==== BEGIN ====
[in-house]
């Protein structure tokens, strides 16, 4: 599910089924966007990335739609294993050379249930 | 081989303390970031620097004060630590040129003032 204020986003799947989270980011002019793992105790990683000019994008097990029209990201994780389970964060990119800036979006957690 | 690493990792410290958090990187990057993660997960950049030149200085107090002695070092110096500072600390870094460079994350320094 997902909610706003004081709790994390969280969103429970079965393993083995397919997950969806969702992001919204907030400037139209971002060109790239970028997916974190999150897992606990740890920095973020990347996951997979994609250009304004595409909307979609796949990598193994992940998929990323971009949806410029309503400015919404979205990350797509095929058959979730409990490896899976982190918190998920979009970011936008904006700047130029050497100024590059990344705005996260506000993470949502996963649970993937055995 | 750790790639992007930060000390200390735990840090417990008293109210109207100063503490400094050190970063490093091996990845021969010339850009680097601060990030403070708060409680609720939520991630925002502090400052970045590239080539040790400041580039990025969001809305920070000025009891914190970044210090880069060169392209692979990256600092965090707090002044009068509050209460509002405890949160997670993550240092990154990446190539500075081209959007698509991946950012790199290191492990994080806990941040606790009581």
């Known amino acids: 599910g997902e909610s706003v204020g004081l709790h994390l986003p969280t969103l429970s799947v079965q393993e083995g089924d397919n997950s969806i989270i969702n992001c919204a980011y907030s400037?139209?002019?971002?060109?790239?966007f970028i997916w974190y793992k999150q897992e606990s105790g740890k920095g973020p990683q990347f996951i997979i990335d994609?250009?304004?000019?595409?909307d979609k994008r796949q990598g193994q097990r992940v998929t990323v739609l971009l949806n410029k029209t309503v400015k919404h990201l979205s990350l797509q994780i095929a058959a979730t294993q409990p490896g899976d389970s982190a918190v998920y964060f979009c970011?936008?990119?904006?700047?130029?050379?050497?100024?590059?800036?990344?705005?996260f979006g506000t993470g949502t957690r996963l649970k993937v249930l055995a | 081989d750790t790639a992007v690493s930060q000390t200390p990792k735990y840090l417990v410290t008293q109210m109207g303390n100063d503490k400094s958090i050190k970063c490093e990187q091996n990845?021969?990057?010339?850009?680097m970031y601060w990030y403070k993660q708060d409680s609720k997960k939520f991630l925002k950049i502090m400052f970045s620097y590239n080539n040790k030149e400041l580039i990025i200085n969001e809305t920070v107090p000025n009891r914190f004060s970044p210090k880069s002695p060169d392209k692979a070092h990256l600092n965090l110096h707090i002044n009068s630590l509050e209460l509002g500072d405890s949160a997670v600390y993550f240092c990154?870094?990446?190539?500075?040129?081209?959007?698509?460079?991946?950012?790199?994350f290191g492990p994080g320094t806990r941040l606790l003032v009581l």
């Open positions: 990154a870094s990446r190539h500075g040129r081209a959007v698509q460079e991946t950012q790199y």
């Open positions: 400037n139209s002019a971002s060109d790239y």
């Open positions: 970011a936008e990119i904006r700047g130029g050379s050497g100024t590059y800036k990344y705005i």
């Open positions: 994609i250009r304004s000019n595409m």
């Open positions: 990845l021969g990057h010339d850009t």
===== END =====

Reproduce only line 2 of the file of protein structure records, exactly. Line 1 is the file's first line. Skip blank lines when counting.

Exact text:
């Protein structure tokens, strides 16, 4: 599910089924966007990335739609294993050379249930 | 081989303390970031620097004060630590040129003032 204020986003799947989270980011002019793992105790990683000019994008097990029209990201994780389970964060990119800036979006957690 | 690493990792410290958090990187990057993660997960950049030149200085107090002695070092110096500072600390870094460079994350320094 997902909610706003004081709790994390969280969103429970079965393993083995397919997950969806969702992001919204907030400037139209971002060109790239970028997916974190999150897992606990740890920095973020990347996951997979994609250009304004595409909307979609796949990598193994992940998929990323971009949806410029309503400015919404979205990350797509095929058959979730409990490896899976982190918190998920979009970011936008904006700047130029050497100024590059990344705005996260506000993470949502996963649970993937055995 | 750790790639992007930060000390200390735990840090417990008293109210109207100063503490400094050190970063490093091996990845021969010339850009680097601060990030403070708060409680609720939520991630925002502090400052970045590239080539040790400041580039990025969001809305920070000025009891914190970044210090880069060169392209692979990256600092965090707090002044009068509050209460509002405890949160997670993550240092990154990446190539500075081209959007698509991946950012790199290191492990994080806990941040606790009581």